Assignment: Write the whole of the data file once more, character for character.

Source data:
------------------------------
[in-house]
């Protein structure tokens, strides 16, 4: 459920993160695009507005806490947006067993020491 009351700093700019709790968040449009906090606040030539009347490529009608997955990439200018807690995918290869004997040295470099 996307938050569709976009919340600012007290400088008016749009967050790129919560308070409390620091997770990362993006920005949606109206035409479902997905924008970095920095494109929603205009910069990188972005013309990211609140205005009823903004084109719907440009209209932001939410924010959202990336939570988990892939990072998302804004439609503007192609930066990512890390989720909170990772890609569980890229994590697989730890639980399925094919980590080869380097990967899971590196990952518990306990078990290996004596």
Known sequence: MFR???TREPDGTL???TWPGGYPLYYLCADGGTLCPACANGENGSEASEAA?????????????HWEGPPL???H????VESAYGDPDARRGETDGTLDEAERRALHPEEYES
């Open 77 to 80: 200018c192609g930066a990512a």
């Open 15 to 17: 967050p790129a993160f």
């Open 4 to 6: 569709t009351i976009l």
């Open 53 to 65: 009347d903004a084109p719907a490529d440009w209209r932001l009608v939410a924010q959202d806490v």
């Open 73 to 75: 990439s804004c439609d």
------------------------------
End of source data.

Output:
[in-house]
């Protein structure tokens, strides 16, 4: 459920993160695009507005806490947006067993020491 009351700093700019709790968040449009906090606040030539009347490529009608997955990439200018807690995918290869004997040295470099 996307938050569709976009919340600012007290400088008016749009967050790129919560308070409390620091997770990362993006920005949606109206035409479902997905924008970095920095494109929603205009910069990188972005013309990211609140205005009823903004084109719907440009209209932001939410924010959202990336939570988990892939990072998302804004439609503007192609930066990512890390989720909170990772890609569980890229994590697989730890639980399925094919980590080869380097990967899971590196990952518990306990078990290996004596």
Known sequence: MFR???TREPDGTL???TWPGGYPLYYLCADGGTLCPACANGENGSEASEAA?????????????HWEGPPL???H????VESAYGDPDARRGETDGTLDEAERRALHPEEYES
């Open 77 to 80: 200018c192609g930066a990512a």
């Open 15 to 17: 967050p790129a993160f």
């Open 4 to 6: 569709t009351i976009l």
């Open 53 to 65: 009347d903004a084109p719907a490529d440009w209209r932001l009608v939410a924010q959202d806490v």
């Open 73 to 75: 990439s804004c439609d």